The discourse from Robness’s removal from SuperRare turned into action, and other prominent NFT artists began to make representations of trash in their styles. After 3 months, Robness announced the movement on his Twitter. After that, Robness and a collective of other artists who felt rejected from the hype of Ethereum NFTs brought their work to Tezos, minting on platforms like Objkt, Teia, and fx(hash).

The idea that an artist’s work could be removed from a marketplace at the discretion of centralized moderators didn’t sit well with the quickly growing community. They encouraged NFT artists to mint their best trash on Tezos.

Well-known collectors further publicized and amplified the movement by criticizing the art, which they also called trash. Other prominent artists such as Max Osiris, and Jay Delay with his piece Gang Green, had pieces removed from SuperRare, Foundation, and KnownOrigin. One notable piece, “Low Effort NFT” by Max Osiris- a piece of paper with “Low Effort NFT” scrawled on it- was removed from Foundation, an Ethereum based NFT platform for fine artists to sell their work. Many artists resonated with the message of Trash Art and began to migrate over to Tezos, including Zancan, whose generative collections Garden, Monoliths, and Lushtemples continue to be the highest grossing generative collections on Tezos. XCOPY, one of the oldest NFT artists in the space, originally sold his piece “REACHBACK” for 4 XTZ, with the last sale for 13,333 $XTZ ($533,348 USD) as of January of 2022.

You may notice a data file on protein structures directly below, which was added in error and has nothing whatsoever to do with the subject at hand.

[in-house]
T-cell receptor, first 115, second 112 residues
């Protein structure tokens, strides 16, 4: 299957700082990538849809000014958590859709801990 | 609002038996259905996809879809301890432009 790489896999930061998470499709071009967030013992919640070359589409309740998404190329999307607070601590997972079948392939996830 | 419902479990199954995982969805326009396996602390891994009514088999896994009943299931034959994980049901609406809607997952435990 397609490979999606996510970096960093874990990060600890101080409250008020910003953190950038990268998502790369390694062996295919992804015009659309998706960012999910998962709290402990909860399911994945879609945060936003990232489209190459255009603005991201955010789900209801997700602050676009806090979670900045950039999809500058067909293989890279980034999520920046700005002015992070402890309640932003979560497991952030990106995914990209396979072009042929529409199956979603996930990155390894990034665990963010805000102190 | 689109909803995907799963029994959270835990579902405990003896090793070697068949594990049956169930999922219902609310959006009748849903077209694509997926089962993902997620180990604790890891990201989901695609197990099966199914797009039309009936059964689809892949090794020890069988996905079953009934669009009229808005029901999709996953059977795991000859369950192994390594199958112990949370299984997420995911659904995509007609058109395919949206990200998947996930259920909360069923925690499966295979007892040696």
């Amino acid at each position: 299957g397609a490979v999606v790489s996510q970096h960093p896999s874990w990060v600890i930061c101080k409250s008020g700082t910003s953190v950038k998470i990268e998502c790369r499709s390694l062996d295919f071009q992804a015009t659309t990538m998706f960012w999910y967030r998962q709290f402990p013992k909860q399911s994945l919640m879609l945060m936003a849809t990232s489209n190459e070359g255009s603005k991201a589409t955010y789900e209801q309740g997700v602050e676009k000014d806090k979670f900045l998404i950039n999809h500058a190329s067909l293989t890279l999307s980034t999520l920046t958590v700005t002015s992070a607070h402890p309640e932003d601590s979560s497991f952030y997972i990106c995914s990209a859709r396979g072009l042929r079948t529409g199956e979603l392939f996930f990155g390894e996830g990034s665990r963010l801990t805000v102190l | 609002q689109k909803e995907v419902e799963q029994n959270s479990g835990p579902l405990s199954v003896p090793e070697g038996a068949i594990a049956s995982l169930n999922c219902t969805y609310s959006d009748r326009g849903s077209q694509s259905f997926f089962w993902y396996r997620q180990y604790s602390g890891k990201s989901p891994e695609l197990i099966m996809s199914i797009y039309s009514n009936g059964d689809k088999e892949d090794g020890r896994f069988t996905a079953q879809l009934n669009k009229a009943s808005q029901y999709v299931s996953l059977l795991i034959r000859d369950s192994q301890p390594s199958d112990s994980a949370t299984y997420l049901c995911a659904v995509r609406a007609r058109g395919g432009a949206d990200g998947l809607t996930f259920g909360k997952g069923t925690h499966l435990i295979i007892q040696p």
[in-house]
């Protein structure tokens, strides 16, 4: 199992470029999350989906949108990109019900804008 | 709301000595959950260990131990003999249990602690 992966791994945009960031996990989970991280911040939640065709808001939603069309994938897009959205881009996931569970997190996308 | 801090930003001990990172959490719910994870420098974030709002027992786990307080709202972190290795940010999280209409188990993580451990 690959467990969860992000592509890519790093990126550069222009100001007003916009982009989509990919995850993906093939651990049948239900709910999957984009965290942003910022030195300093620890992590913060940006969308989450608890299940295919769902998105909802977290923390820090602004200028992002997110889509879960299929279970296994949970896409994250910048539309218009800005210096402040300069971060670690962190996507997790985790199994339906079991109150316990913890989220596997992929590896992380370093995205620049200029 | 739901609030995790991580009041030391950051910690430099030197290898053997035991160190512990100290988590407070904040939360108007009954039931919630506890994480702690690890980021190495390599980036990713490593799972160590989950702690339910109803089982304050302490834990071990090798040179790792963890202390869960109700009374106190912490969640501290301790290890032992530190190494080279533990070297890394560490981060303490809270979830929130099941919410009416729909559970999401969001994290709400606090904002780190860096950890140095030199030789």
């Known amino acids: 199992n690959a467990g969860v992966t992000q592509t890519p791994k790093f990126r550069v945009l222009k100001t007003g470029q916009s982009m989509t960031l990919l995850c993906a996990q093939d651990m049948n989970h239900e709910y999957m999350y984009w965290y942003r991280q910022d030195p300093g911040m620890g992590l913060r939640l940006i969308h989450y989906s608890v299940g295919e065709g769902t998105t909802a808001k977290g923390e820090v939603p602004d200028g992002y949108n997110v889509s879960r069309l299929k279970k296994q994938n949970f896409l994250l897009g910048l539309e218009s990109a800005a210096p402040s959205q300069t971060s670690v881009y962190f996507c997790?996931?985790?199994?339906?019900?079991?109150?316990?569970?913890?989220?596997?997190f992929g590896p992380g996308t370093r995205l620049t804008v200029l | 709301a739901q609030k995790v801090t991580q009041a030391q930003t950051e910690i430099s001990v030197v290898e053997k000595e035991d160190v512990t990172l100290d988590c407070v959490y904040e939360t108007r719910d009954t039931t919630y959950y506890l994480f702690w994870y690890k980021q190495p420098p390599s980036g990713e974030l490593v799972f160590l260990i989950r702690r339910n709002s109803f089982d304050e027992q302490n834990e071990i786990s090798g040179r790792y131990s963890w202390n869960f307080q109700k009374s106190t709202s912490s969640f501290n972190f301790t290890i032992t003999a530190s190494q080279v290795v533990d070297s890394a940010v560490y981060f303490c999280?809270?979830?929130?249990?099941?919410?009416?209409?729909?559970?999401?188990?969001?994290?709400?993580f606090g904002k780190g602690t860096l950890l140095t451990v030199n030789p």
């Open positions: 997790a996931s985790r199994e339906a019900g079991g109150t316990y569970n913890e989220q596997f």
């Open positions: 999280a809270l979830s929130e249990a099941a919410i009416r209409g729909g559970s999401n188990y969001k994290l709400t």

After years of debates over who decided what is and isn’t art, the role of decentralization and censorship, and the wild success of the trash art movement, 64 GALLON TOTER returned to SuperRare, quickly selling for the USD equivalent of $252k in February of 2022 (remember the bull market?). “Low Effort NFT” returned to Foundation and immediately sold for 1 ETH.

"It is the audacity of the artist to say WHAT art is" - Max Osiris

Both trash and art are subjective to the maker and collector. What defines trash has more to do with intention than it does with aesthetics.